For New Employers or Small Employers
A question is often posed to us by new businesses or small businesses regarding if and when they need to obtain Workers' Compensation coverage, and how they go about doing so.
The specific criteria about when an employer is required to obtain valid and approved Workers' Compensation coverage (usually, but not always, as an insurance policy) can vary significantly from state to state. Remember that Workers' Compensation is an obligation imposed upon employers by state statutes, so there isn't a single national standard. Thus an employer needs to check what the specific rules are in the particular state where the employer has operations.
In general, most states impose Workers' Compensation obligations once a business has employees. Some states exempt very small employers that have only a very few employees, but some of these states are in the process of re-thinking such exemptions, so it can be very important to check what the current rules are in a particular state.
It is also important to keep in mind that, in most states, a business can have Workers' Compensation obligations imposed on them for independent contractors if those independent contractors don't carry their own Workers' Compensation insurance.
So a business can cross the threshold where Workers' Compensation coverage is required without technically having employees, if that business uses independent contractors or sub-contractors that don't have their own Workers' Compensation insurance.
Some states, however, allow sole proprietor independent contractors to opt out the Workers' Comp system, so that companies that use their services do not incur Workers' Compensation responsibilities for such contractors. Such states typically require that those contractors register with the state and obtain a certificate.
Most small businesses, and many new businesses that might not be considered "small" by many yardsticks, have difficulty obtaining Workers' Compensation insurance through what is known as the 'voluntary market.'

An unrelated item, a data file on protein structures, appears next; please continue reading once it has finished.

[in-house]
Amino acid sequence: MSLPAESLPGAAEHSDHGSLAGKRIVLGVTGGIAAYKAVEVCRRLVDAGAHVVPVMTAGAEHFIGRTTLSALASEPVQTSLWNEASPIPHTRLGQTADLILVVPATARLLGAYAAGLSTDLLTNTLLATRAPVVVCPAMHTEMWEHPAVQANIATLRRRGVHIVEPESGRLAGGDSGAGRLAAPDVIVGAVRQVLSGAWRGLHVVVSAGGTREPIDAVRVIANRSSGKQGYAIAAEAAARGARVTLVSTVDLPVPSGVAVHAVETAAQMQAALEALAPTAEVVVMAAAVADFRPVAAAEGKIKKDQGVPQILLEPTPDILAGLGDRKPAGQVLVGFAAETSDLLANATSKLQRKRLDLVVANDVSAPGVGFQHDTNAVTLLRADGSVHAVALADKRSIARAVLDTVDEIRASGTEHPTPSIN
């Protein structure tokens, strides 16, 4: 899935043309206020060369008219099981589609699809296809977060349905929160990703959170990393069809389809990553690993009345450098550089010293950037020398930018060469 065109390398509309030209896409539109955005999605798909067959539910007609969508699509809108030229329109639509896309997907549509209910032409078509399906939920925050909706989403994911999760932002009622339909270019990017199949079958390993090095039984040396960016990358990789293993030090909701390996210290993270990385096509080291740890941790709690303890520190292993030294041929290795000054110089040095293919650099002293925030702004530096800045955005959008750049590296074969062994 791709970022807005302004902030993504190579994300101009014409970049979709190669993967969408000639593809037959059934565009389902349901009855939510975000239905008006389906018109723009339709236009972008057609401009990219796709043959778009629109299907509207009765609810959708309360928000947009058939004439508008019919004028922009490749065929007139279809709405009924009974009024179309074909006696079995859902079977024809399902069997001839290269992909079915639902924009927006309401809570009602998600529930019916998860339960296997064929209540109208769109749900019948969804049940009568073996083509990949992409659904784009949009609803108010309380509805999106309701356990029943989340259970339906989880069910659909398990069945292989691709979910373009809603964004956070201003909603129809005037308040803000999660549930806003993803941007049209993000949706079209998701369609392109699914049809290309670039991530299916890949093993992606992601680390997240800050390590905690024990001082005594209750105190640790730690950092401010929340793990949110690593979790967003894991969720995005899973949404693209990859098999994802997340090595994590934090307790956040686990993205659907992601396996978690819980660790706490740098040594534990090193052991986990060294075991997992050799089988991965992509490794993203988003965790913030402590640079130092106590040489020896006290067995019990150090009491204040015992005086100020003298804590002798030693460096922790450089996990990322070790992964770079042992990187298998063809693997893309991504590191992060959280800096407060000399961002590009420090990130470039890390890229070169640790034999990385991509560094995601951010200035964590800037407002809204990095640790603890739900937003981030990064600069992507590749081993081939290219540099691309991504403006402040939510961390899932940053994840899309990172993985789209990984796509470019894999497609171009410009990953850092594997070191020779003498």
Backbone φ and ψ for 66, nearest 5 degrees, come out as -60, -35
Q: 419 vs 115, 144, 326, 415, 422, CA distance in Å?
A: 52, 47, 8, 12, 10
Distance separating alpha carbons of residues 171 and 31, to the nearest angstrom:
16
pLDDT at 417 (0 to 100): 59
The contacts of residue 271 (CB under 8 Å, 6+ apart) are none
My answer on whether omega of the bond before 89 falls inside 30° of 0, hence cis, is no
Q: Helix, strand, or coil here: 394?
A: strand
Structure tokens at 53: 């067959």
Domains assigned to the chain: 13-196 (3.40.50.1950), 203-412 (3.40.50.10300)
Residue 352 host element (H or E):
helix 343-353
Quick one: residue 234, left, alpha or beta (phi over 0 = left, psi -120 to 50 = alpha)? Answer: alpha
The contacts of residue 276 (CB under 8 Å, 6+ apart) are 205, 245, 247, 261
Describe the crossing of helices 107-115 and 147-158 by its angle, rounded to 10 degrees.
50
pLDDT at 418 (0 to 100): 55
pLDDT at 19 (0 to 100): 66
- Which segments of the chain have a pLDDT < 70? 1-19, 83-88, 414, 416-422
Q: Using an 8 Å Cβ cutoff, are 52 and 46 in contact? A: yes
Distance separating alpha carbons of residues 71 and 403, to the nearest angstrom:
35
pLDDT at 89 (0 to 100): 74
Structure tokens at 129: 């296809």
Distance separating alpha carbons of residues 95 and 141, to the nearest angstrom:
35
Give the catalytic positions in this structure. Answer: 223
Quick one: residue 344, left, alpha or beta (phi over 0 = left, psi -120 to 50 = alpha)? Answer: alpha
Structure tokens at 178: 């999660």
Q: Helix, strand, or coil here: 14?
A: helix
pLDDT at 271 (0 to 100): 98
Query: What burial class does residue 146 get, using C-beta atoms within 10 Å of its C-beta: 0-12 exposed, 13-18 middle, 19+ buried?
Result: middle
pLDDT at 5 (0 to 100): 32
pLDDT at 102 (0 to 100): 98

Since in almost every state the only practical way for most employers to meet their Workers' Comp obligations is through insurance coverage, this means that if coverage isn't available voluntarily from some insurance company, the employer must use the Assigned Risk system in a particular state.
An Assigned Risk system is the way that states make sure employers can get Workers' Compensation insurance even when insurance companies aren't inclined to accept a particular employer voluntarily.
In most states the Assigned Risk system is a pool administered by the NCCI, the National Council on Compensation Insurance. These Assigned Risk pool programs issue Workers' Compensation insurance policies from participating insurance companies, but the premiums and claims go into the pool. The premiums paid for Assigned Risk policies is often much higher than what would be available through the voluntary market
In those states that operate a State Fund for Workers' Compensation coverage (like California and New York) the State Fund operates as the Assigned Risk system for those states. Take a look at our directory for information about the various states.
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